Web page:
Secret services and the democratic rule of law

Constitutional and administrative law / Basic rights

Secret services and the democratic rule of law

(full text only available in Dutch)


On the eve of the advisory referendum on the new Intelligence and Security Services Act (Wiv) on 21 March 2018, Judicial explorations publishes a special issue on 'Secret services and the democratic rule of law'. An important issue in the public discussion about the 'drag law' or 'interception law' is the power to 'unfocused tapping', i.e. the interception of communication traffic that runs via fiber optic cables, and the consequences of the use of that means for the citizen. There is ample attention for this discussion in this episode, but the many other aspects of the Wiv 2017 are also discussed, such as the supervision, the precise tasks and obligations that the services receive and the international cooperation. The position of secret services and their relation to politics and society is historically highlighted and linked to the question of what can be expected of intelligence and security services in this time. Various contributions hightlight te fact that Dutch AIVD and MIVD and their predecessors have long been imprisoned in image formation. Traditionally secret activities do not relate well to publicity and participation in public debate. But the lack of information about the method and powers of the Dutch secret services contributed to the popularity of a metaphor as a 'dragnet' and fed the mistrust of citizens towards the government.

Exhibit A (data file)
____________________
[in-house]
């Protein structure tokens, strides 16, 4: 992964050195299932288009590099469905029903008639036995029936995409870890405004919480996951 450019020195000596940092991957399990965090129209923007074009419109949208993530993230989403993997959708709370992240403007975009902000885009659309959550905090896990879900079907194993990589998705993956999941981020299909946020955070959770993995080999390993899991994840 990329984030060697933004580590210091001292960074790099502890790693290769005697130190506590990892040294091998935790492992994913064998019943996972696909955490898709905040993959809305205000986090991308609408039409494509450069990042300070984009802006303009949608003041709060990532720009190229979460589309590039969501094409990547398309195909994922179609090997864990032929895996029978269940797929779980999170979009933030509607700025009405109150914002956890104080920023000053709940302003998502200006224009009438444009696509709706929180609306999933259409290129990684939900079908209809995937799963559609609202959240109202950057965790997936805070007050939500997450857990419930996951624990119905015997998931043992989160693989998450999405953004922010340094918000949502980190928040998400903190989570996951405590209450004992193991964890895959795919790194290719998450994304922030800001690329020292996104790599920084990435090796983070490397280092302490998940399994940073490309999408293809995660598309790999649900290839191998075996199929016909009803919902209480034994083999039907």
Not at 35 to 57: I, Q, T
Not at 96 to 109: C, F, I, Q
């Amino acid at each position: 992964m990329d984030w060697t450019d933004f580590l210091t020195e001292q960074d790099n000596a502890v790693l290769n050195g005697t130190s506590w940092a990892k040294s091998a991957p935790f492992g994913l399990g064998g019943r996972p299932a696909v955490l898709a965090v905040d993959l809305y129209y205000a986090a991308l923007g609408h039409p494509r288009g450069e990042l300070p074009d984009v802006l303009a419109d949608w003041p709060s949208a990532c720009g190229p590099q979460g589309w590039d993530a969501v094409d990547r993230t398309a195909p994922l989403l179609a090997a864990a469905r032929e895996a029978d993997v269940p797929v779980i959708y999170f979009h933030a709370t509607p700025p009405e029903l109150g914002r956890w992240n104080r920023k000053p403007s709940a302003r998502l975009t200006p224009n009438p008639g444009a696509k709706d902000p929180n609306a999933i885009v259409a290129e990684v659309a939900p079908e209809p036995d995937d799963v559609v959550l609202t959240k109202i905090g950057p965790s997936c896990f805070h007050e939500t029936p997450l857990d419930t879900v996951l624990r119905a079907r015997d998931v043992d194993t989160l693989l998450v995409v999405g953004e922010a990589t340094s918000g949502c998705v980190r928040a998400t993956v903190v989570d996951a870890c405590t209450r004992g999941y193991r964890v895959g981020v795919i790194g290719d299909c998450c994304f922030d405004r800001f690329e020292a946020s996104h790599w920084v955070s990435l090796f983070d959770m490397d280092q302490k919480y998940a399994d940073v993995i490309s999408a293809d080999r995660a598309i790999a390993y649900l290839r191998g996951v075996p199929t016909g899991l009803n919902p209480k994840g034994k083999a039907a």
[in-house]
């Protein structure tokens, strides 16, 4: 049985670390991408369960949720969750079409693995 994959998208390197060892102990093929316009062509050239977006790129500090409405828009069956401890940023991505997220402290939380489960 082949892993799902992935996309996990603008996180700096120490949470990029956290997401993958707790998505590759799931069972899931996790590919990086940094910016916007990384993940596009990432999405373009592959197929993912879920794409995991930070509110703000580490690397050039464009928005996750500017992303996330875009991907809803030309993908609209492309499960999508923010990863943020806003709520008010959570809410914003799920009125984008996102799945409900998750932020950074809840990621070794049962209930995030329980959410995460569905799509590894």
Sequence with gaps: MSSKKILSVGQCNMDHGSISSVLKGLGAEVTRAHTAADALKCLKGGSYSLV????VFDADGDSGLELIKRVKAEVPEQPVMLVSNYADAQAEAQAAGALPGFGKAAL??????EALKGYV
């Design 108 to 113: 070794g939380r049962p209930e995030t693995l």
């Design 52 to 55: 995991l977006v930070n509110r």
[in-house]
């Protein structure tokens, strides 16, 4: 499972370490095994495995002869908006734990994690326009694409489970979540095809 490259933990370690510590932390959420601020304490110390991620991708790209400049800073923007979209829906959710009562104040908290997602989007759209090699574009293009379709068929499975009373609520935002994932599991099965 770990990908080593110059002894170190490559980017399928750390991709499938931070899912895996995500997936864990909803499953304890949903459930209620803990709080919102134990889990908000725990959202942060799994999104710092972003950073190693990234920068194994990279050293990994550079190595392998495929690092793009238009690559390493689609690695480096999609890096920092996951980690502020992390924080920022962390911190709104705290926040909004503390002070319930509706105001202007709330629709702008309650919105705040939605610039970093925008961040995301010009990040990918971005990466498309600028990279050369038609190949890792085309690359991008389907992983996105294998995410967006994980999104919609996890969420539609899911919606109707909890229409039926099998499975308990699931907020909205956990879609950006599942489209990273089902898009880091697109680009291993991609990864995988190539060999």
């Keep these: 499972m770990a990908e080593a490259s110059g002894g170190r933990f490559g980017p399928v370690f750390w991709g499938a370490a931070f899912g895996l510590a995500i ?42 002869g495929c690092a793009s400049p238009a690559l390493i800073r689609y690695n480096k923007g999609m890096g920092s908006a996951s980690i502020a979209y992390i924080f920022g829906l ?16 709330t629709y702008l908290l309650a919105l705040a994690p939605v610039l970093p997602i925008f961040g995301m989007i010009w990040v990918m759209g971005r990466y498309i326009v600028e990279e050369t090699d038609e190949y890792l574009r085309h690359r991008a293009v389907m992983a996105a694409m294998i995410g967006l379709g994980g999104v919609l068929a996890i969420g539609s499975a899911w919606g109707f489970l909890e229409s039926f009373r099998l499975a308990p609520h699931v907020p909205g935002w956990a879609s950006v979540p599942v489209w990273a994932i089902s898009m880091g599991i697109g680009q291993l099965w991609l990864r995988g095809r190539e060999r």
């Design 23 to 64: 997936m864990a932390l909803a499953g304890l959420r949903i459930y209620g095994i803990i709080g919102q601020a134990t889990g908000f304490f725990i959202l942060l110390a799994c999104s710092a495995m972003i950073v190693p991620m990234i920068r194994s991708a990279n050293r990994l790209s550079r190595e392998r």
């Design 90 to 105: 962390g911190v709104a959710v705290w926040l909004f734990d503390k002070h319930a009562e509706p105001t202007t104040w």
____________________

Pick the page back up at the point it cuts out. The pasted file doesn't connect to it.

Publication data

Place of publication:
The Hague
Boom juridisch
Year of publication:
Justitiƫle verkenningen 2018/01